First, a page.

Do 04 Jun 2015 – Fr 05 Jun 2015

Law, History and Philology

Exploring the Congruities between the Muqaddima of Ibn Khaldun (d. 1406) and the Scienza Nuova of Giambattista Vico (d. 1744)

Centro Italo-Tedesco, Villa Vigoni, Lake Como

Law, History and Philology
Exploring the Congruities between the Muqaddima of Ibn Khaldun
(d. 1406) and the Scienza Nuova of Giambattista Vico (d. 1744)

4-6 June 2015, Centro Italo-Tedesco, Villa Vigoni, Lake Como

Convened by Elisabetta Benigni (Università di Torino/ Zukunftsphilologie-Fellow 2011-12), Islam Dayeh (Freie Universität Berlin) and Markus Messling (Universität Potsdam)

Although Ibn Khaldun (d. 1406) and Giambattista Vico (d. 1744) are separated by roughly three centuries, there are many reasons that invite for a comparative reading of their writings. Firstly, the two thinkers had similar careers: both were jurists, historians, rhetoricians, and talented writers who composed their own autobiographies. Furthermore, while critical of certain aspects of the scholasticism that characterised their contemporaries, both exhibited a high degree of knowledge of logic, history writing, rhetoric and legal casuistry, which they put to use in their reflections on history and the conditions of human affairs, authority and knowledge. But most importantly, both express a consciousness of world history and universal time that drew on the epistemic paradigms of their times yet challenged them to open up new paths to understanding man’s position in the world.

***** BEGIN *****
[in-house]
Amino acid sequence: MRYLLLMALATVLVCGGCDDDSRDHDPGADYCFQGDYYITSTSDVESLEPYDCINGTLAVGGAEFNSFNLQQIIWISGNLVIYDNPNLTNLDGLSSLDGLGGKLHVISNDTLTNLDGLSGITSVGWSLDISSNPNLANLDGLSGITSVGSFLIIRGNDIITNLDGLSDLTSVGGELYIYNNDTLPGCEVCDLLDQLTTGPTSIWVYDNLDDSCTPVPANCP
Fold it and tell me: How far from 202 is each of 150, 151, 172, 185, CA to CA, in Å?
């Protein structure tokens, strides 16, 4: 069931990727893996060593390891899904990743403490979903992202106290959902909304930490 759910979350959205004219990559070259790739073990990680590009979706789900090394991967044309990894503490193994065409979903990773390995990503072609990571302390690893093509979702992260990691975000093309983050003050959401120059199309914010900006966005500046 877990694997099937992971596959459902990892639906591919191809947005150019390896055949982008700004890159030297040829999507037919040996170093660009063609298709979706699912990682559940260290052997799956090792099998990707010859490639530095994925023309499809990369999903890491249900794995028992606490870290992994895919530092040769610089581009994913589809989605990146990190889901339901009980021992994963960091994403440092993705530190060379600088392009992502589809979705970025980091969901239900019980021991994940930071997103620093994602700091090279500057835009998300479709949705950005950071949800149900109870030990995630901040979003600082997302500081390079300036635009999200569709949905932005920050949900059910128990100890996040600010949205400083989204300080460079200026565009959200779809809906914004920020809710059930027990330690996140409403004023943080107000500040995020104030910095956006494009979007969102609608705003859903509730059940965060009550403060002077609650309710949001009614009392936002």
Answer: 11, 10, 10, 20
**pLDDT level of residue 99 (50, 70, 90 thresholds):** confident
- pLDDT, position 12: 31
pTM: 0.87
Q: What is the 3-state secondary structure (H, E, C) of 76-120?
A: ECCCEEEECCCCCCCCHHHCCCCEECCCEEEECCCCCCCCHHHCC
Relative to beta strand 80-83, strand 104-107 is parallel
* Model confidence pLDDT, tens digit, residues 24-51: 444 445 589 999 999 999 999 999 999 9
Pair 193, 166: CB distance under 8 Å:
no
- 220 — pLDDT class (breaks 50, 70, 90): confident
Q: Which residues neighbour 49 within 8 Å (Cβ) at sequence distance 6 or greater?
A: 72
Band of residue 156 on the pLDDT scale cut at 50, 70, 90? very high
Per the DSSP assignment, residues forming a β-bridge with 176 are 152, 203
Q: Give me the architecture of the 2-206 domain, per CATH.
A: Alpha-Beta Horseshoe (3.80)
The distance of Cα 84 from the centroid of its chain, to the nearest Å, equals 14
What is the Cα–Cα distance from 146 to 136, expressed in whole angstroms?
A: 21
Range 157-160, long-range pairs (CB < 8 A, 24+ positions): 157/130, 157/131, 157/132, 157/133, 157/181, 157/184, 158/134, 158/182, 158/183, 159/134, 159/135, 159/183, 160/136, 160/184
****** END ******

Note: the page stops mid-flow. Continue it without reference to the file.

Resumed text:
The concrete aim of this symposium is to bring scholars together to engage in a comparative reading of the writings of Ibn Khaldun and Giambattista Vico on language, law and history. For despite the abundance of studies on Ibn Khaldun and Vico as individual scholars, there is very little systematic reflection on the historical, structural and philosophical relations between the two, although both hold prominent places as founders of modern sociological and historical thought in Arab and European scholarship. Through a careful examination of their legal, historical and philological thought, the symposium hopes to contribute to the study of intellectual exchange since the early modern period across the Mediterranean, and particularly between the Arab Mamluk polities, the early Ottoman Empire and the Italian Renaissance princedoms.


Ahmed Abdel Meguid (Syracuse University)
Elisabetta Benigni (Università di Torino)
Caterina Bori (Università di Bologna)
Raffaele Carbone (Collegium de Lyon/Università di Napoli Federico II)
Islam Dayeh (Freie Universität Berlin)
Marco Di Branco (German Historical Institute, Rome)
Georges Khalil (Forum Transregionale Studien, Berlin)
Stefan Leder (Orient Institute Beirut)
Markus Lenz (Universität Potsdam)
Marcel Lepper (Deutsches Literaturarchiv Marbach)
Avi Lifshitz (University College London)
Sabine Marienberg (Humboldt Universität)
Markus Messling (Universität Potsdam)
Samuela Pagani (Università del Salento)
Eleonora Pistis (Italian Academy/Columbia U.: Spring 2015)
Vasileios Syros (Academy of Finland, Helsinki)
Pier Mattia Tommasino (Columbia University)
Jürgen Trabant (Freie Universität Berlin)

Please find the full workshop program hereDownload.

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